Standard contractual clauses are one of the key tools relied upon by organizations that transfer personal data to recipients in ‘inadequate’ countries under the UK and/or the EU General Data Protection Regulation.
However, unlike in the European Union – where new SCCs were adopted in 2021 (the “New EU SCCs”) – the old EU SCCs have remained a valid transfer mechanism under the UK GDPR. (For more information on the UK GDPR, refer to our UK Privacy Update post.)
The UK has sought to replace the old EU SCCs with more UK GDPR-specific transfer tools. So, following a consultation by the UK Information Commissioner’s Office in 2021, the UK government put final versions of the following new data transfer tools (“New UK-specific Transfer Tools”) before the UK Parliament:
- A UK International Data Transfer Agreement (IDTA).
- A UK addendum to the New EU SCCs that may be used to supplement the New EU SCCs where UK data transfers occur alongside EU data transfers.
Based on the proposed transitional provisions/arrangements also presented to Parliament (provided that the UK Parliament raises no objections), the timeline for the rollout of the New UK-specific Transfer Tools will be as follows:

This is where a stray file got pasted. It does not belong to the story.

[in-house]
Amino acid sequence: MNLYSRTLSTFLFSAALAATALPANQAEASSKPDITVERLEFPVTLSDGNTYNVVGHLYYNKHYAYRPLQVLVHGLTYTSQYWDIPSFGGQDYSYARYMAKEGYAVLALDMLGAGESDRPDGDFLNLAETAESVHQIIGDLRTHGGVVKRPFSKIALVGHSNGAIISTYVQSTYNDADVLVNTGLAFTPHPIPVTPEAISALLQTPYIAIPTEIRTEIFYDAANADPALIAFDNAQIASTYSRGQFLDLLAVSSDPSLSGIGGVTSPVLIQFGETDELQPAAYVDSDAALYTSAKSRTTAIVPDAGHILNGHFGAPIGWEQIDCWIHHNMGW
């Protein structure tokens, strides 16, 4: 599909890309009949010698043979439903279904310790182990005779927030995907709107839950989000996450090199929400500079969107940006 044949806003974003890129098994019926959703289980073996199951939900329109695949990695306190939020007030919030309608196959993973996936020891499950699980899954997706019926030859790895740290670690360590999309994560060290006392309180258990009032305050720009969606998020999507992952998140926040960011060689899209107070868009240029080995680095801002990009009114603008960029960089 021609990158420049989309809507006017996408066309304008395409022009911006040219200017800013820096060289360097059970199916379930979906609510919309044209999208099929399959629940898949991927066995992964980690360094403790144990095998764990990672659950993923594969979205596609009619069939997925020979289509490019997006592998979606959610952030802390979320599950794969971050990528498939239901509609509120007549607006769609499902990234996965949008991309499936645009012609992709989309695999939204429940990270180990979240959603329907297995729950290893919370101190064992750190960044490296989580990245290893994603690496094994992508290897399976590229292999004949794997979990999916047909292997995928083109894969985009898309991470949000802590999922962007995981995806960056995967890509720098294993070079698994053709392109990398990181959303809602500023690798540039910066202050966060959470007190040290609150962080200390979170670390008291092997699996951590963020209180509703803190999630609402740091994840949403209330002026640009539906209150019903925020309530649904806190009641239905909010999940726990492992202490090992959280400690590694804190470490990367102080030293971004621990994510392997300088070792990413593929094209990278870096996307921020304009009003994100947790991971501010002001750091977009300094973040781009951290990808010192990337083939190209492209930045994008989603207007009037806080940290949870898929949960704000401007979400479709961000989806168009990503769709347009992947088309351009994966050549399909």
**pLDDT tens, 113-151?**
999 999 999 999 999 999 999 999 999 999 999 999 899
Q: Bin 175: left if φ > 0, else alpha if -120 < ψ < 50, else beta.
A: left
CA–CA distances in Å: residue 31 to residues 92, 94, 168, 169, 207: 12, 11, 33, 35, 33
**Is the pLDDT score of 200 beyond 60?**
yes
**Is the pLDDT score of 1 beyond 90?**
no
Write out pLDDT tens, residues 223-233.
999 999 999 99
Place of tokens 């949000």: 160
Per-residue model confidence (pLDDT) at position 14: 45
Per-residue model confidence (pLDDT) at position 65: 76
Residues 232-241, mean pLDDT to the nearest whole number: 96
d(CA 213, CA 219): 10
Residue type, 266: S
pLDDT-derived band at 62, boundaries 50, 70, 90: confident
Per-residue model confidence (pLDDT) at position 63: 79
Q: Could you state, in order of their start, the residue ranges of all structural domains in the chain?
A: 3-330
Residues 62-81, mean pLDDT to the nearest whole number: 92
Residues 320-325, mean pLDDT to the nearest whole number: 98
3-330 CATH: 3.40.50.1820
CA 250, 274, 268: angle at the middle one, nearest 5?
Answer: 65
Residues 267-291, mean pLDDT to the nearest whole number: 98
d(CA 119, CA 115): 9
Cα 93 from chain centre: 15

- 21 March 2022: The New UK-specific Transfer Tools enter into force and can be used as a transfer mechanism under the UK GDPR.
- 21 September 2022: All new contracts governing UK data transfers need to use one of the New UK-specific Transfer Tools.
- 21 March 2024:
- Until this date, existing contracts can continue to rely on the old EU SCCs, assuming the subject matter of those contracts remains unchanged.
- After this date, all contracts governing UK data transfers need to use one of the New UK-specific Transfer Tools.
We will provide a further update on the practical impacts of the adoption of these New UK-specific Transfer Tools – including an analysis of any similarities and differences between the IDTA and the New EU SCCs – in an upcoming blog post.